Confession time.  I have never read these books. Over the years, many WPL customers have raved about them to me, encouraging me to give the series a try. Colleagues too have recommended them as the “perfect book for you”.  Yes, with my Irish family plus Scottish and English roots, my reading tastes are decidedly slanted to contemporary British authors and books set in the UK and Ireland. So, I have tried on 3 separate occasions to read “Outlander” and each time didn’t make it past the first couple of chapters. I don’t know why but the books don’t hold my attention.

They did catch Canadian author KC Dyer’s attention, though, and she has written a very cute, funny, charming book called “Finding Fraser”.  This book I read over a weekend.  Actually, I read most of it sitting in the sun on the deck of my favourite coffee shop in Stratford, Balzac’s, but I digress.

“Finding Fraser” is the story of 29-year old Emma Sheridan, a HUGE fan of Diana Gabaldon’s books and great admirer of the fictional character, Jamie Fraser. Emma’s life in Chicago isn’t going so well.  The only job she has done well at and managed to hold onto is coffee shop waitress. Her love life, well, it (like Jamie Fraser) doesn’t exist.

Frustrated and perhaps a bit desperate, Emma decides to sell all of her worldly possession, which are few, quit her job and travel to Scotland. Perhaps in Scotland life will make more sense, will come together, and maybe she’ll even find a real-life Jamie Fraser of her own. In an attempt to make the trip seem more focused than frivolous, she decides to blog about her highland adventure.

“Finding Fraser” is a light, fun, fast read which actually made me quite literally LOL in a few places. Emma’s adventures in Scotland are fairly comedic and I felt in turn sorry for her and, yes, even a little envious at moments.  Fans of the “Outlander” series will enjoy it (and the book does have Gabaldon’s blessing) but, as I have proven, it’s not a prerequisite.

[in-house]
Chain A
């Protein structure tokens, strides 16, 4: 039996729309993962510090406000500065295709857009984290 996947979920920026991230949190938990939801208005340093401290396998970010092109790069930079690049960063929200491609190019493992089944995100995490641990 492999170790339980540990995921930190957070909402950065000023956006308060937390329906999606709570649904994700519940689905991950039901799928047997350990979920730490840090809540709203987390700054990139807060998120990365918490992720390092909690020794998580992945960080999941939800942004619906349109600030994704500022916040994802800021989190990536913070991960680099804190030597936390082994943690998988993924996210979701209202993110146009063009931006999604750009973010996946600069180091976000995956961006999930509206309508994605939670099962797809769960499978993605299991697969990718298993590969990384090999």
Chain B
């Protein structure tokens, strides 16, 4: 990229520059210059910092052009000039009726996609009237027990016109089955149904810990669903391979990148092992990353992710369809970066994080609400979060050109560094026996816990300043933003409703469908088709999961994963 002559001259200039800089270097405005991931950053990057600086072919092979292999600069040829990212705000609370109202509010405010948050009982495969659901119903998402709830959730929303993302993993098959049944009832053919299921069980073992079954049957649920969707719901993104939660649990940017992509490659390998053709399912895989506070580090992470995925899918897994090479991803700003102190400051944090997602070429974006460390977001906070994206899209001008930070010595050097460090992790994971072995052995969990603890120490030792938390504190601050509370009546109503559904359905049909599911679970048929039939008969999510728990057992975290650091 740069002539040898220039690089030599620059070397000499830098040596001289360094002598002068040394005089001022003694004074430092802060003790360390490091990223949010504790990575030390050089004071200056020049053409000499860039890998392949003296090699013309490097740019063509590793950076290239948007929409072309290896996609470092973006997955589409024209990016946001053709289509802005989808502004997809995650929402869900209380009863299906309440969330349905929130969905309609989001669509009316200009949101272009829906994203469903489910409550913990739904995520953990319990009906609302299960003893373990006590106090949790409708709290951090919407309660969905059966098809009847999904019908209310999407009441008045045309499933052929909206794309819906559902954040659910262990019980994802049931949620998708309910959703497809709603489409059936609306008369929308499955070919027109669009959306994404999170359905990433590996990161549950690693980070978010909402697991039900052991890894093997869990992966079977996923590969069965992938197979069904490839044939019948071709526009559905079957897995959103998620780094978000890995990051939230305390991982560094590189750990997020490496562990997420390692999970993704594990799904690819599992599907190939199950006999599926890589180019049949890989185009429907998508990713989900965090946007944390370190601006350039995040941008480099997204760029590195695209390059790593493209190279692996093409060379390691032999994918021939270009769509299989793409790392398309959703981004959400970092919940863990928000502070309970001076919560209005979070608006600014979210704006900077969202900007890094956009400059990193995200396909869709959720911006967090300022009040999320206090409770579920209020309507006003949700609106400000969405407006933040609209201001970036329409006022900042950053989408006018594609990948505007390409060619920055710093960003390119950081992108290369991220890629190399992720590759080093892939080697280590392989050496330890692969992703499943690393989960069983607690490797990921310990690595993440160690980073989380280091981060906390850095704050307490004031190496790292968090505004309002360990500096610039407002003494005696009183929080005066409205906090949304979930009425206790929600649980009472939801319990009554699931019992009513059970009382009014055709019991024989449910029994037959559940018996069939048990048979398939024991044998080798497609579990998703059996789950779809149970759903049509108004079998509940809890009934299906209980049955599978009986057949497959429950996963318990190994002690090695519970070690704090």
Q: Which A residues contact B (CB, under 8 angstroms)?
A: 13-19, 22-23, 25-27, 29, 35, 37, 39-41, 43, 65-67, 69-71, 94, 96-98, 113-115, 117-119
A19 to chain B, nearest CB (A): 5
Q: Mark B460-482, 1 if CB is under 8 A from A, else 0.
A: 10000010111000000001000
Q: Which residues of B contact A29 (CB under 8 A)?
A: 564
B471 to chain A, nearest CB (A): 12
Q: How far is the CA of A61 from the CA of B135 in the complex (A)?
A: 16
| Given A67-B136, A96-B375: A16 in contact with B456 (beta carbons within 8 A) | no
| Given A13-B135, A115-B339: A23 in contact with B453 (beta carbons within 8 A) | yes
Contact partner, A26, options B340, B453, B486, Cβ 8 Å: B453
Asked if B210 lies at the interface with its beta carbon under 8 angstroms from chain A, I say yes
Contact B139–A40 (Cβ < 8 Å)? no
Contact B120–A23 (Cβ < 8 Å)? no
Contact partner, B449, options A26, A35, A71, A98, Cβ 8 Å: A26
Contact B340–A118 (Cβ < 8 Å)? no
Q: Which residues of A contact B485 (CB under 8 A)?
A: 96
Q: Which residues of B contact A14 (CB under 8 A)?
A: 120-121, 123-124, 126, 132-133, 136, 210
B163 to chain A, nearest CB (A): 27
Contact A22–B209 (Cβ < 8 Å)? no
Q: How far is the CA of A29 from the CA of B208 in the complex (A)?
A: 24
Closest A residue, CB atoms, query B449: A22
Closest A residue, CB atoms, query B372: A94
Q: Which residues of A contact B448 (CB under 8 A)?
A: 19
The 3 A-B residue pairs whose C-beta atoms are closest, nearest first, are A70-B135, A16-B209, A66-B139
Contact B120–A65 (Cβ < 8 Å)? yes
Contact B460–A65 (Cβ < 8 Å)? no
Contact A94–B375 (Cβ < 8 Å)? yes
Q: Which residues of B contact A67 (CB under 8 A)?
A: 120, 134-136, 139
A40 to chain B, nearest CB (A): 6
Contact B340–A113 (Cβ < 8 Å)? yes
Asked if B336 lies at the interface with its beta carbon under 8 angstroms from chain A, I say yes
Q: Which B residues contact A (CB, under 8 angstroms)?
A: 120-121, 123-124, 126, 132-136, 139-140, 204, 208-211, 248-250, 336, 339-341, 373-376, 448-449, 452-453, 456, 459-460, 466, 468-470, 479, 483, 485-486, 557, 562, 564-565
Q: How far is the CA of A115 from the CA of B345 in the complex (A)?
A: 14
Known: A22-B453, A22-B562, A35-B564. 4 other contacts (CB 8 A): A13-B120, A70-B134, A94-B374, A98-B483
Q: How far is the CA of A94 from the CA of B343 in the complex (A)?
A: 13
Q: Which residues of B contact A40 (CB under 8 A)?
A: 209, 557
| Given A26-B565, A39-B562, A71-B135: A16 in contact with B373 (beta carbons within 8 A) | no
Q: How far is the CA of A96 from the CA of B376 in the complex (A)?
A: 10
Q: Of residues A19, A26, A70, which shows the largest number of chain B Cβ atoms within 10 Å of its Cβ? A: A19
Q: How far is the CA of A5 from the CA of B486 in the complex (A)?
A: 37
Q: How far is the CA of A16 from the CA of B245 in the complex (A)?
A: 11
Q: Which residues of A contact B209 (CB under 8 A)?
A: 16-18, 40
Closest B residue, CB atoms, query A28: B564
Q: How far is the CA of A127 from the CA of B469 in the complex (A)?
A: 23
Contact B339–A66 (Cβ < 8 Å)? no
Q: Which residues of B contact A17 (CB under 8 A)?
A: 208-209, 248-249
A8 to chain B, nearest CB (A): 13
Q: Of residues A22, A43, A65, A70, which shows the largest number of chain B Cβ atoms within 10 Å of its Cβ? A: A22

Now, deciding what recipe to share this time round was easy.  It must be shortbread!  I usually make a very traditional shortbread with white sugar, butter and flour. However, one of my favourite shortbread recipes is one shared by a former WPL colleague and is a little different. Warning. It is soooo delicious (especially warm from the oven) and you will not be able to stop at eating just one piece.

Brown Sugar Shortbread

½ lb. butter, softened
½ c. brown sugar, packed
2 ¼ c. all-purpose flour
White sugar (for sprinkling)

Preheat oven to 300F.

Lightly grease a cookie sheet and set aside.  Lightly flour a baking board and rolling pin. Set aside.

In a large mixing bowl, cream the butter and sugar. Add half the flour. Combine. Add the remaining flour. Stir to combine. Using your hands, gather the dough into a bowl.  Transfer dough to floured baking board.

Knead gently for 3 minutes or until the dough forms a smooth ball.  Pat down, then roll out til the dough is in a rectangular shape measuring 11” x 8” (approx. 1/3” thick).

Using a sharp knife, slice into fingers, approximately 1” x 3”.  Place on baking sheet.  Prick each shortbread finger 3 times with a fork.  Sprinkle each cookie with a tiny amount of white (granulated) sugar.

Bake for 18 to 20 minutes, depending on the power of your oven. The bottom of the cookies should be slightly golden.

Cool 5 minutes on baking sheet before transferring to cooling racks. Store in an air tight container.